The Five-Year Engagement is too long for the typical romance-on-the-rocks fare. Jason Segel (Forgetting Sarah Marshall, TV's How I Met Your Mother), lead actor and co-writer with director Nicholas Stoller (Forgetting Sarah Marshall), packs in the slapstick and retains plain goodwill with Emily Blunt (Salmon Fishing in the Yemen, The Young Victoria) in a romantic comedy that provides moments of pure delight. Yet, an hour could be edited out and Five-Year would sharpen its familiar take on how relationships can stumble along, allowing life's obstacles (a sister's wedding, death, etc.) to act as excuses not to leap into marriage.
Segel works in relaxed form as Tom, a talented chef who, wearing a pink bunny costume at a New Year's Eve party, meets Violet (Blunt), a sociology major dressed as Princess Diana. (Funny wig, by the way.) It's love at first sight, and much of the flirtation is rehashed later in slow motion to parody other movie romances that have been ignited that way. Segel has an affable face that he uses to play an appealing nerd, and at other times, a sexy seducer. Blunt charms her way straight through, leveling Segel's self-effacing wistfulness.
Segel maneuvers Tom and Violet through various romantic troubles, such as when he follows her from San Francisco, where he is just about to break through as a top chef, to the wintry wilds of the University of Michigan because she receives a post-doctorate research position. Her idea for a psychology experiment is to see how quickly test subjects will eat stale doughnuts, even if fresh ones are promised, and let's just say that doughnuts factor into the couple's life several times. Without a challenging job-he works in a deli-Tom becomes obsessed with deer hunting to the point that he has fur-lined mugs and grows a grisly beard. The whole section falls flat because the timing drags and descends into boredom. Elsewhere, one wades through a string of down-low jokes, gratuitous sex, and a food fight in which Tom is smothered with potato salad and hot sauce. All could have landed on the cutting-room floor, except that would mean giving up a few of Segel's signature comic tags.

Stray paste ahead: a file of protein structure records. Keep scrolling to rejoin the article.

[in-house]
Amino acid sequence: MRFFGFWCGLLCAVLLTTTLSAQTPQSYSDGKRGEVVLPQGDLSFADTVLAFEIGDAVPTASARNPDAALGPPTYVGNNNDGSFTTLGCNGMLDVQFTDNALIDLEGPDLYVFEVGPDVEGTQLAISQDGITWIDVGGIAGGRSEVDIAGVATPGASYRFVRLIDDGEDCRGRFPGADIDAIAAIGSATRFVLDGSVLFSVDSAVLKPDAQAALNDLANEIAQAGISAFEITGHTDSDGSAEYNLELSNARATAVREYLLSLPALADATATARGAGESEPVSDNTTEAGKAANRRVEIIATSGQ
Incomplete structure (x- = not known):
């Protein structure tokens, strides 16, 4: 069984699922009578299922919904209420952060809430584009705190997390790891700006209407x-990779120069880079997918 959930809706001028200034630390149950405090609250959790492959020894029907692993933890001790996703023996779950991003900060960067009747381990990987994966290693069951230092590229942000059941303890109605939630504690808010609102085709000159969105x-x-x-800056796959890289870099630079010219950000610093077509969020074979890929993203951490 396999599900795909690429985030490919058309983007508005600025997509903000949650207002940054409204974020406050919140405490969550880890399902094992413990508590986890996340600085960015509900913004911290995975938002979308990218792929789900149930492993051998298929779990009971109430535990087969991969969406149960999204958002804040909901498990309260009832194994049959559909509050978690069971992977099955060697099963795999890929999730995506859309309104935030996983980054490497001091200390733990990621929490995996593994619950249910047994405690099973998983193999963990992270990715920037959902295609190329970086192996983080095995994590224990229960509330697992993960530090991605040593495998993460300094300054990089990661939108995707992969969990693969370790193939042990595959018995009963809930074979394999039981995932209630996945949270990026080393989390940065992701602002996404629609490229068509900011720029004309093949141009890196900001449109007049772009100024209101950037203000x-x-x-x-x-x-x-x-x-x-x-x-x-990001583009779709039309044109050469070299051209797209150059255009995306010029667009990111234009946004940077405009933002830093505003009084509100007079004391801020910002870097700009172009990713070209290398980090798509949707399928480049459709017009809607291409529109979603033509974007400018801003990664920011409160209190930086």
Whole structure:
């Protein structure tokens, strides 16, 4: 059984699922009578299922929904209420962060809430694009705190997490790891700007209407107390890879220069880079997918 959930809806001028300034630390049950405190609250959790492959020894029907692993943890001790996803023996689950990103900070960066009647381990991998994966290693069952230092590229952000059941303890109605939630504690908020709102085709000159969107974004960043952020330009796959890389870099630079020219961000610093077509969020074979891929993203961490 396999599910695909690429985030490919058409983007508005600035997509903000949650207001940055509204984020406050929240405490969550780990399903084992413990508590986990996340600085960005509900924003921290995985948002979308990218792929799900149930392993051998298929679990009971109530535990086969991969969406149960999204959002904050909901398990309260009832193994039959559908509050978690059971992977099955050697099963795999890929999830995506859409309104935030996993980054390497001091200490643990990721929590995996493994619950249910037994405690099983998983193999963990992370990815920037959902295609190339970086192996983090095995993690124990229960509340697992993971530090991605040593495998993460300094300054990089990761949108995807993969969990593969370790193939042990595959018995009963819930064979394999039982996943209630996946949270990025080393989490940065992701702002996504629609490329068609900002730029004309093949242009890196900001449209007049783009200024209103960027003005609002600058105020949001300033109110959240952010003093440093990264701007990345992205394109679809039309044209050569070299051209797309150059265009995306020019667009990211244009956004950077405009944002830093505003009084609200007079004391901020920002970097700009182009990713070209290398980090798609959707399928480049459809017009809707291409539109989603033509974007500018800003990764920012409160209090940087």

Thankfully, some seriously funny moments are tacked on to Tom and Violet's prolonged foibles. One of the best skits in Five-Year occurs when Segel isn't in the scene: Violet and her sister Suzie (a very funny Alison Brie of TV's Community and Mad Men), imitate Elmo and Cookie Monster's voices from Sesame Street and launch into an argument about which sister's life is better. Hearing the two women scream and then apologize as the Muppets makes for an original, hysterical exchange.
Segel also gains laughs using snappy visual details. A sign in front of a BBQ joint reads, "Save a Cow, Eat Pork," and the other actors suitably humiliate themselves doing the Chicken Dance at the couple's second engagement party. Supporting actors are plentiful and refreshing, especially Rhys Ifans (Notting Hill, Harry Potter and the Deathly Hallows: Part 1), the engaging Welsh actor who adds a quirky turn as Violet's professor, Winton.
In the end, lines such as, "Academia is my life. Maybe you don't understand," which Violet carelessly tosses at Tom after he has changed his life for her and slowly goes crazy over it, arrive way too late. We already get it. Now make up and get married.
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